Recording artist helps nurture musical talent through new scholarship
By: Stephanie Allen
Last updated: Thursday, 25 February 2021
A successful recording artist and University of Sussex alum is helping to nurture new musical talent by supporting a scholarship at the University.
Gazelle Twin, otherwise known as Elizabeth Bernholz, is a composer and producer who graduated from Sussex in 2006 with a BA in Music. She’s since gone on to release five studio albums under her Gazelle Twin pseudonym, including The Quietus’ 2014 Album of the Year UNFLESH.
After previously returning to campus to deliver a masterclass to Sussex students, and perform at the Attenborough Centre for Creative Arts, Gazelle Twin is now lending her name to a new scholarship to further nurture young talent.
The Gazelle Twin Scholarship for Women in Music Technology is available to a woman, trans or non-binary applicant taking up a place on a Music or Music Technology BA at the University of Sussex in 2021.
Gazelle Twin described the scholarship as ‘absolutely excellent,’ saying she is ‘thrilled to be thought of as an inspiration for this purpose.’
As well as lending her name to the scholarship, Gazelle Twin will also be returning to the University, to give talks and workshops to current Music students.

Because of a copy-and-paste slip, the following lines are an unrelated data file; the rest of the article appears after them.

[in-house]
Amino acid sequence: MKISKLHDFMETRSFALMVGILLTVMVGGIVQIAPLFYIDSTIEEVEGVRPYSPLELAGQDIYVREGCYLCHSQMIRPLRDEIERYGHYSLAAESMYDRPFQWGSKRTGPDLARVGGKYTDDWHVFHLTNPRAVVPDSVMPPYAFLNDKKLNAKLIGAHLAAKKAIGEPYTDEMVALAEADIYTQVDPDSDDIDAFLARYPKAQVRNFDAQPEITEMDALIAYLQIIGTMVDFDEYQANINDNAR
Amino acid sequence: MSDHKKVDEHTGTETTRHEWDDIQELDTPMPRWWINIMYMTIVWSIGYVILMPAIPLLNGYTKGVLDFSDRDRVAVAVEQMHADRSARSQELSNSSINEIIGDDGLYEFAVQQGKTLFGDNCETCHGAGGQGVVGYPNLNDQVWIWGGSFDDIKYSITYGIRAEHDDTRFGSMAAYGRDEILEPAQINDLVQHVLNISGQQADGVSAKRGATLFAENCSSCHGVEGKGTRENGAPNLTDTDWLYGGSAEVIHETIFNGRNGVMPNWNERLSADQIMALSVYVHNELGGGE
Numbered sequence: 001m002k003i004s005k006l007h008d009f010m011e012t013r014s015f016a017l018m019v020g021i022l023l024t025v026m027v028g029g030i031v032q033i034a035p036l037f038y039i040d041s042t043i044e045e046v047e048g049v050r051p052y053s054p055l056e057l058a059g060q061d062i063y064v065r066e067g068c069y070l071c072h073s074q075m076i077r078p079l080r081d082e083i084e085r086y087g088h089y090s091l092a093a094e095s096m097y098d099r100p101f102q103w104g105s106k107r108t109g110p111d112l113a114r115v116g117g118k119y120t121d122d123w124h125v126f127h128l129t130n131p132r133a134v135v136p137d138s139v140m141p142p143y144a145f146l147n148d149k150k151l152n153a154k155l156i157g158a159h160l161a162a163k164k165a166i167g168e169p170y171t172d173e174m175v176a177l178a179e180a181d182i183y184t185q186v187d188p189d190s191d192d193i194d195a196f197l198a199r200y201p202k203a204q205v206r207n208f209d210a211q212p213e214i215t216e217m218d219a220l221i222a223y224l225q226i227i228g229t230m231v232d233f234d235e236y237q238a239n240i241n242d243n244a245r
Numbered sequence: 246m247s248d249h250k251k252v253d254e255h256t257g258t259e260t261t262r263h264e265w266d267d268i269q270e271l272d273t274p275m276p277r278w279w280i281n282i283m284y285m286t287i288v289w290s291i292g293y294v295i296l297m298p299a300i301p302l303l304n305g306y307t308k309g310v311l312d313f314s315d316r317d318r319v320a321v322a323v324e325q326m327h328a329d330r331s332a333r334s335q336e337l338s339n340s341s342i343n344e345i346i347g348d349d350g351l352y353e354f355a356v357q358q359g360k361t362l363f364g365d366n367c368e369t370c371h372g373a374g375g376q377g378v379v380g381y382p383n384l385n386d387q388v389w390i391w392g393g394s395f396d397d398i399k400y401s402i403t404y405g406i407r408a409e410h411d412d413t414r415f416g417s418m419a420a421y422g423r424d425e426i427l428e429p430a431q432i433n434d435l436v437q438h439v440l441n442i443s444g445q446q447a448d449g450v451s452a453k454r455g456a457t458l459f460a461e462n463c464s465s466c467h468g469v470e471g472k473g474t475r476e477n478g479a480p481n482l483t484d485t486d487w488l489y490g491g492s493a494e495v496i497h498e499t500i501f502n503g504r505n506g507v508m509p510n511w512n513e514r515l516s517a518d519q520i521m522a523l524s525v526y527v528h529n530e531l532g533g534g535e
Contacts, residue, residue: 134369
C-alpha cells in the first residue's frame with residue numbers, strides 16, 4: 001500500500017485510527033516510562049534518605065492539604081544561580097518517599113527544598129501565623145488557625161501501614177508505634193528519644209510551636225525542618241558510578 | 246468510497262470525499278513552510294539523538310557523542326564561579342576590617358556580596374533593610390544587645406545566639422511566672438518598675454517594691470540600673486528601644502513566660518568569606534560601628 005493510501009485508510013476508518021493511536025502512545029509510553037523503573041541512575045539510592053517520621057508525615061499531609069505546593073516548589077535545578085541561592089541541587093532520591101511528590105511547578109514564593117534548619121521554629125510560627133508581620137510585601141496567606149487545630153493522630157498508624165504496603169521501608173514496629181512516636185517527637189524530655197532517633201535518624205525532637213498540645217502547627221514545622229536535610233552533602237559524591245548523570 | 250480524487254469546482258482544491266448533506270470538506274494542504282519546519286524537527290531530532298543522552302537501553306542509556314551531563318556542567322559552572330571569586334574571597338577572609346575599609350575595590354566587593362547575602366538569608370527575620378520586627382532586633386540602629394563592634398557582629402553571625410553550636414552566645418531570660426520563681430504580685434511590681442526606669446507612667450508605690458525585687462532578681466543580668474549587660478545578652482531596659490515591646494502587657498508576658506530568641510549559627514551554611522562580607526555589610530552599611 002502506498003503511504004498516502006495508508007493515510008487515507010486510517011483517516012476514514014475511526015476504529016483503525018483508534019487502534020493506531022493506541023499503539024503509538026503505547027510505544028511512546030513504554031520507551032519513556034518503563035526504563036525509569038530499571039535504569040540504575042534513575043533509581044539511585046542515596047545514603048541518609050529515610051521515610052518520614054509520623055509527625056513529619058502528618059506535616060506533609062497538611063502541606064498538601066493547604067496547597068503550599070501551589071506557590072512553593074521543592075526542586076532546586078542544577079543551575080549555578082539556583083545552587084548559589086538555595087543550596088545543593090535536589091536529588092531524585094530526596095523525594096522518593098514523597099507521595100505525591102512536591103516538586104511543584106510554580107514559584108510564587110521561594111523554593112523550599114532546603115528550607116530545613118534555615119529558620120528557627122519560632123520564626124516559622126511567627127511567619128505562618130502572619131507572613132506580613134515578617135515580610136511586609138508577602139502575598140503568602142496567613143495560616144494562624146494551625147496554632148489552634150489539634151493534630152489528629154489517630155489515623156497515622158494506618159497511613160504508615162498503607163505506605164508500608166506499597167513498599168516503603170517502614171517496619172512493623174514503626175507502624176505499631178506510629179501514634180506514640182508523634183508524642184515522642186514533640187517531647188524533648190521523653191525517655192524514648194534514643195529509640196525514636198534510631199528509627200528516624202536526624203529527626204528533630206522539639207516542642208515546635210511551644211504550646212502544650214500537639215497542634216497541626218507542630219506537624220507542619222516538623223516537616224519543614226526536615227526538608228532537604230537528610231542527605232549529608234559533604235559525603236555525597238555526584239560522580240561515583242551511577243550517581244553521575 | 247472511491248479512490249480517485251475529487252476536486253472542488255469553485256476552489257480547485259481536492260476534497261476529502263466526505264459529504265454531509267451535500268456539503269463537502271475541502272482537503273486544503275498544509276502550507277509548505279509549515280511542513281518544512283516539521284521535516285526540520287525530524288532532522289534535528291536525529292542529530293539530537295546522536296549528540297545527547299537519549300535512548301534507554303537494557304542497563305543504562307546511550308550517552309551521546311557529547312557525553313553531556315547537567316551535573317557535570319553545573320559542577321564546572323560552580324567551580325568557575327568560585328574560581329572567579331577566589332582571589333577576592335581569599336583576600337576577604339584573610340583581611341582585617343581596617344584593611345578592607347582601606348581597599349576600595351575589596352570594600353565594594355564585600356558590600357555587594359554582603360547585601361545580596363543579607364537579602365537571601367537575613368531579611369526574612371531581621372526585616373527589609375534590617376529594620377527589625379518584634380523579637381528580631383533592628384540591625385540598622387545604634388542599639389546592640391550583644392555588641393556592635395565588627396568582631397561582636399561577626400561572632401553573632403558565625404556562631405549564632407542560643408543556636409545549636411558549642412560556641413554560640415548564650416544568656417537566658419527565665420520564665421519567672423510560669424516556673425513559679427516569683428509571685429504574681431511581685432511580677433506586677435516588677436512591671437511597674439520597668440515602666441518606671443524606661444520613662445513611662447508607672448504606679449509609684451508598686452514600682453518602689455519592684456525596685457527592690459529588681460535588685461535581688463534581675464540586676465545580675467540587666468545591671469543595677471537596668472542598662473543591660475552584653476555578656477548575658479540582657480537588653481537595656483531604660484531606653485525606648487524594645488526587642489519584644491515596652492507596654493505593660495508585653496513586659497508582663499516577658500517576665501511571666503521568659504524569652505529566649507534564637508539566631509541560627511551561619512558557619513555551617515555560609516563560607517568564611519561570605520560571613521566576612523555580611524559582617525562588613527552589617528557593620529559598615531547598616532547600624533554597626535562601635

Women are currently estimated to make up just 5% of the music technology industry, with research showing that young women drop out of music tech around the age of just 16.
This new scholarship has been created to encourage women, trans and non-binary students to pursue a career in the field of music, starting with a degree from the University, whose music department values diverse backgrounds, experimentation and different musical styles.
The scholarship, which is funded by University of Sussex Music Department alumni, will grant one student a monetary gift of £500 in their first year at Sussex, money which could make a huge difference to a student in need of equipment to pursue their musical interests.
Dr Mimi Haddon, Lecturer in Music at the University of Sussex, said: “We are so grateful to Gazelle Twin for lending her name to this scholarship, which we hope will encourage more young women to pursue their passion for music within higher education. It’s time for women, trans and non-binary people to take up space in what has historically been a male-dominated field.
“The Music Department at Sussex seeks to support and nurture those who want to kick-start their career. The Music and Music Tech degrees are taught by a mixed gender team, including two leading women technologists (Dr Alice Eldridge and Dr Evelyn Ficarra), and an expert in gender and popular music (Dr Mimi Haddon).
“We offer a range of topics—from the cultural study of popular music to songwriting, performance, and composition to cutting-edge expertise in music technology with modules that include studio practice, coding, AI, and instrument building. Sussex Music Department has a long tradition of being at the vanguard of music experimentalism. We want to continue this tradition and we consider gender equality as central to twenty-first-century music.”